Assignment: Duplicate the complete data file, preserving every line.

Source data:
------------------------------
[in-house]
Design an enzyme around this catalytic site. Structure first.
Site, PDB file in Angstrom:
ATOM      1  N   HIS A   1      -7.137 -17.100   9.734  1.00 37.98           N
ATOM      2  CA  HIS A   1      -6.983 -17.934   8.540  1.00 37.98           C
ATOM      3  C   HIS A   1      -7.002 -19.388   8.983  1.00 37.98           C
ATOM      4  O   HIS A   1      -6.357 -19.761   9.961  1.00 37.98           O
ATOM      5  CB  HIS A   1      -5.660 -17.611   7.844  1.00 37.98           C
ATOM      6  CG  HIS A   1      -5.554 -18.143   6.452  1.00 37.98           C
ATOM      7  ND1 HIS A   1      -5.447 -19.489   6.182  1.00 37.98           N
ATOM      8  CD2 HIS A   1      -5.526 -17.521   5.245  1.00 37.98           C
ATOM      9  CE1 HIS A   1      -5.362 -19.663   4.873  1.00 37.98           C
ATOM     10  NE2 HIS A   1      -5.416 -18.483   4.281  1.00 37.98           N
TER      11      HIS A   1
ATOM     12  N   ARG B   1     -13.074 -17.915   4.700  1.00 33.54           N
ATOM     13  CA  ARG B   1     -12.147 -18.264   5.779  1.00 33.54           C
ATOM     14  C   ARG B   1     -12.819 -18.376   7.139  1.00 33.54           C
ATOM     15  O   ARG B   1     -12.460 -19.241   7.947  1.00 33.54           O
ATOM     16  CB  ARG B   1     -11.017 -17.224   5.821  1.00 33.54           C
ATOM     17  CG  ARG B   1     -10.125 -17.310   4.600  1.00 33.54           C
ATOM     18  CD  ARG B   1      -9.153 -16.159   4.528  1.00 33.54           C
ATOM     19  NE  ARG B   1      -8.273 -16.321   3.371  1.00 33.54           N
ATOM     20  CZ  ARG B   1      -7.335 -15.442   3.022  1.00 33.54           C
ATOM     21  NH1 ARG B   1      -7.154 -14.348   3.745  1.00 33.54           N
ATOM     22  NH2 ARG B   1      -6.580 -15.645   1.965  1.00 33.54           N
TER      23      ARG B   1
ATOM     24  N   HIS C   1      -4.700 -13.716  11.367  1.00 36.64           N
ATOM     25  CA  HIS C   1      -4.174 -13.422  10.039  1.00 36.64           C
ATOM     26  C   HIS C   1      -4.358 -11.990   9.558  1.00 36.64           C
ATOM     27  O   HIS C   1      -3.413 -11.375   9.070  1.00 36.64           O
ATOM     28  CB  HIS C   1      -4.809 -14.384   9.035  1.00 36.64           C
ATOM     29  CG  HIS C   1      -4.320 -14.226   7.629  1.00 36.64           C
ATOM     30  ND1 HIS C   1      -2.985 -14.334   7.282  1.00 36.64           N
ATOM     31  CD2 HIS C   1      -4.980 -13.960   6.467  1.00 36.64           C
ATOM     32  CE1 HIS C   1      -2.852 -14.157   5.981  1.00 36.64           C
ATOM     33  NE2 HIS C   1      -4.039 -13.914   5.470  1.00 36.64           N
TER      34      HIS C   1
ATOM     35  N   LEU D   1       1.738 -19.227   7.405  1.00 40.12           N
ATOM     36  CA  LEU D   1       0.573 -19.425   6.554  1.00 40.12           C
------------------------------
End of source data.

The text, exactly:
[in-house]
Design an enzyme around this catalytic site. Structure first.
Site, PDB file in Angstrom:
ATOM      1  N   HIS A   1      -7.137 -17.100   9.734  1.00 37.98           N
ATOM      2  CA  HIS A   1      -6.983 -17.934   8.540  1.00 37.98           C
ATOM      3  C   HIS A   1      -7.002 -19.388   8.983  1.00 37.98           C
ATOM      4  O   HIS A   1      -6.357 -19.761   9.961  1.00 37.98           O
ATOM      5  CB  HIS A   1      -5.660 -17.611   7.844  1.00 37.98           C
ATOM      6  CG  HIS A   1      -5.554 -18.143   6.452  1.00 37.98           C
ATOM      7  ND1 HIS A   1      -5.447 -19.489   6.182  1.00 37.98           N
ATOM      8  CD2 HIS A   1      -5.526 -17.521   5.245  1.00 37.98           C
ATOM      9  CE1 HIS A   1      -5.362 -19.663   4.873  1.00 37.98           C
ATOM     10  NE2 HIS A   1      -5.416 -18.483   4.281  1.00 37.98           N
TER      11      HIS A   1
ATOM     12  N   ARG B   1     -13.074 -17.915   4.700  1.00 33.54           N
ATOM     13  CA  ARG B   1     -12.147 -18.264   5.779  1.00 33.54           C
ATOM     14  C   ARG B   1     -12.819 -18.376   7.139  1.00 33.54           C
ATOM     15  O   ARG B   1     -12.460 -19.241   7.947  1.00 33.54           O
ATOM     16  CB  ARG B   1     -11.017 -17.224   5.821  1.00 33.54           C
ATOM     17  CG  ARG B   1     -10.125 -17.310   4.600  1.00 33.54           C
ATOM     18  CD  ARG B   1      -9.153 -16.159   4.528  1.00 33.54           C
ATOM     19  NE  ARG B   1      -8.273 -16.321   3.371  1.00 33.54           N
ATOM     20  CZ  ARG B   1      -7.335 -15.442   3.022  1.00 33.54           C
ATOM     21  NH1 ARG B   1      -7.154 -14.348   3.745  1.00 33.54           N
ATOM     22  NH2 ARG B   1      -6.580 -15.645   1.965  1.00 33.54           N
TER      23      ARG B   1
ATOM     24  N   HIS C   1      -4.700 -13.716  11.367  1.00 36.64           N
ATOM     25  CA  HIS C   1      -4.174 -13.422  10.039  1.00 36.64           C
ATOM     26  C   HIS C   1      -4.358 -11.990   9.558  1.00 36.64           C
ATOM     27  O   HIS C   1      -3.413 -11.375   9.070  1.00 36.64           O
ATOM     28  CB  HIS C   1      -4.809 -14.384   9.035  1.00 36.64           C
ATOM     29  CG  HIS C   1      -4.320 -14.226   7.629  1.00 36.64           C
ATOM     30  ND1 HIS C   1      -2.985 -14.334   7.282  1.00 36.64           N
ATOM     31  CD2 HIS C   1      -4.980 -13.960   6.467  1.00 36.64           C
ATOM     32  CE1 HIS C   1      -2.852 -14.157   5.981  1.00 36.64           C
ATOM     33  NE2 HIS C   1      -4.039 -13.914   5.470  1.00 36.64           N
TER      34      HIS C   1
ATOM     35  N   LEU D   1       1.738 -19.227   7.405  1.00 40.12           N
ATOM     36  CA  LEU D   1       0.573 -19.425   6.554  1.00 40.12           C